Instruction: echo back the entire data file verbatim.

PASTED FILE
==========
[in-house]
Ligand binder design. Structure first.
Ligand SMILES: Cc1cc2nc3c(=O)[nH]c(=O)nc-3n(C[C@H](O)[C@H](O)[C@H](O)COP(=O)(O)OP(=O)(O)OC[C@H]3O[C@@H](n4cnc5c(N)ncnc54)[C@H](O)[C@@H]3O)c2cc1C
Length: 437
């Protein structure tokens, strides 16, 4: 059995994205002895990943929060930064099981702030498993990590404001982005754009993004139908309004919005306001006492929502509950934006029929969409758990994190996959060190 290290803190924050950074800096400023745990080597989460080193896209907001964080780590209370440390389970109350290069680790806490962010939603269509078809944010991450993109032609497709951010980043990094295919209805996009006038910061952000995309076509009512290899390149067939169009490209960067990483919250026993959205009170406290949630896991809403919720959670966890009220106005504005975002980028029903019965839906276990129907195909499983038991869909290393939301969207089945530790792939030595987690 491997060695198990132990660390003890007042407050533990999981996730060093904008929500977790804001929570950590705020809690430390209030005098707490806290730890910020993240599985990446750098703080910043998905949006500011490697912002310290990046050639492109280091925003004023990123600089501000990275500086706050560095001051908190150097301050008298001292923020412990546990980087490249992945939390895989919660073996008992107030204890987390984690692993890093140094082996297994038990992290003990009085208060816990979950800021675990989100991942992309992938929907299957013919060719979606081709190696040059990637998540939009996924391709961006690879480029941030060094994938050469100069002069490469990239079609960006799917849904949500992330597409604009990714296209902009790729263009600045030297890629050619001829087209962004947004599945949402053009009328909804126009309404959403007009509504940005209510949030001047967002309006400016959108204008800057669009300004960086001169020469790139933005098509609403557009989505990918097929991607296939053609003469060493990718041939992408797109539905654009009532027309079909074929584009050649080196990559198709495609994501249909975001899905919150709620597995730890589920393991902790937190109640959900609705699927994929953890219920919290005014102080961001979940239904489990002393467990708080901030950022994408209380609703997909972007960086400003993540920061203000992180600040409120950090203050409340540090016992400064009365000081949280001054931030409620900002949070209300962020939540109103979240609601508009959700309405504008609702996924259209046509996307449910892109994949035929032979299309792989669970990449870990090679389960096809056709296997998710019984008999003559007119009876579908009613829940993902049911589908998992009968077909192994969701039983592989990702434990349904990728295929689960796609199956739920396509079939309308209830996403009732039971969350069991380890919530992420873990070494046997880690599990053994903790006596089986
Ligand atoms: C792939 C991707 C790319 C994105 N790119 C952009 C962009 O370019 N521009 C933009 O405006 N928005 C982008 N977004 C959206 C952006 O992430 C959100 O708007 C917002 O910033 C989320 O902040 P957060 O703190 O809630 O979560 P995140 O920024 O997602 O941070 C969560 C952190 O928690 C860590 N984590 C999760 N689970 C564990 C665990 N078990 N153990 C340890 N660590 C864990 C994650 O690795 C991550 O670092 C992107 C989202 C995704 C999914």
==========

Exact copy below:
[in-house]
Ligand binder design. Structure first.
Ligand SMILES: Cc1cc2nc3c(=O)[nH]c(=O)nc-3n(C[C@H](O)[C@H](O)[C@H](O)COP(=O)(O)OP(=O)(O)OC[C@H]3O[C@@H](n4cnc5c(N)ncnc54)[C@H](O)[C@@H]3O)c2cc1C
Length: 437
């Protein structure tokens, strides 16, 4: 059995994205002895990943929060930064099981702030498993990590404001982005754009993004139908309004919005306001006492929502509950934006029929969409758990994190996959060190 290290803190924050950074800096400023745990080597989460080193896209907001964080780590209370440390389970109350290069680790806490962010939603269509078809944010991450993109032609497709951010980043990094295919209805996009006038910061952000995309076509009512290899390149067939169009490209960067990483919250026993959205009170406290949630896991809403919720959670966890009220106005504005975002980028029903019965839906276990129907195909499983038991869909290393939301969207089945530790792939030595987690 491997060695198990132990660390003890007042407050533990999981996730060093904008929500977790804001929570950590705020809690430390209030005098707490806290730890910020993240599985990446750098703080910043998905949006500011490697912002310290990046050639492109280091925003004023990123600089501000990275500086706050560095001051908190150097301050008298001292923020412990546990980087490249992945939390895989919660073996008992107030204890987390984690692993890093140094082996297994038990992290003990009085208060816990979950800021675990989100991942992309992938929907299957013919060719979606081709190696040059990637998540939009996924391709961006690879480029941030060094994938050469100069002069490469990239079609960006799917849904949500992330597409604009990714296209902009790729263009600045030297890629050619001829087209962004947004599945949402053009009328909804126009309404959403007009509504940005209510949030001047967002309006400016959108204008800057669009300004960086001169020469790139933005098509609403557009989505990918097929991607296939053609003469060493990718041939992408797109539905654009009532027309079909074929584009050649080196990559198709495609994501249909975001899905919150709620597995730890589920393991902790937190109640959900609705699927994929953890219920919290005014102080961001979940239904489990002393467990708080901030950022994408209380609703997909972007960086400003993540920061203000992180600040409120950090203050409340540090016992400064009365000081949280001054931030409620900002949070209300962020939540109103979240609601508009959700309405504008609702996924259209046509996307449910892109994949035929032979299309792989669970990449870990090679389960096809056709296997998710019984008999003559007119009876579908009613829940993902049911589908998992009968077909192994969701039983592989990702434990349904990728295929689960796609199956739920396509079939309308209830996403009732039971969350069991380890919530992420873990070494046997880690599990053994903790006596089986
Ligand atoms: C792939 C991707 C790319 C994105 N790119 C952009 C962009 O370019 N521009 C933009 O405006 N928005 C982008 N977004 C959206 C952006 O992430 C959100 O708007 C917002 O910033 C989320 O902040 P957060 O703190 O809630 O979560 P995140 O920024 O997602 O941070 C969560 C952190 O928690 C860590 N984590 C999760 N689970 C564990 C665990 N078990 N153990 C340890 N660590 C864990 C994650 O690795 C991550 O670092 C992107 C989202 C995704 C999914």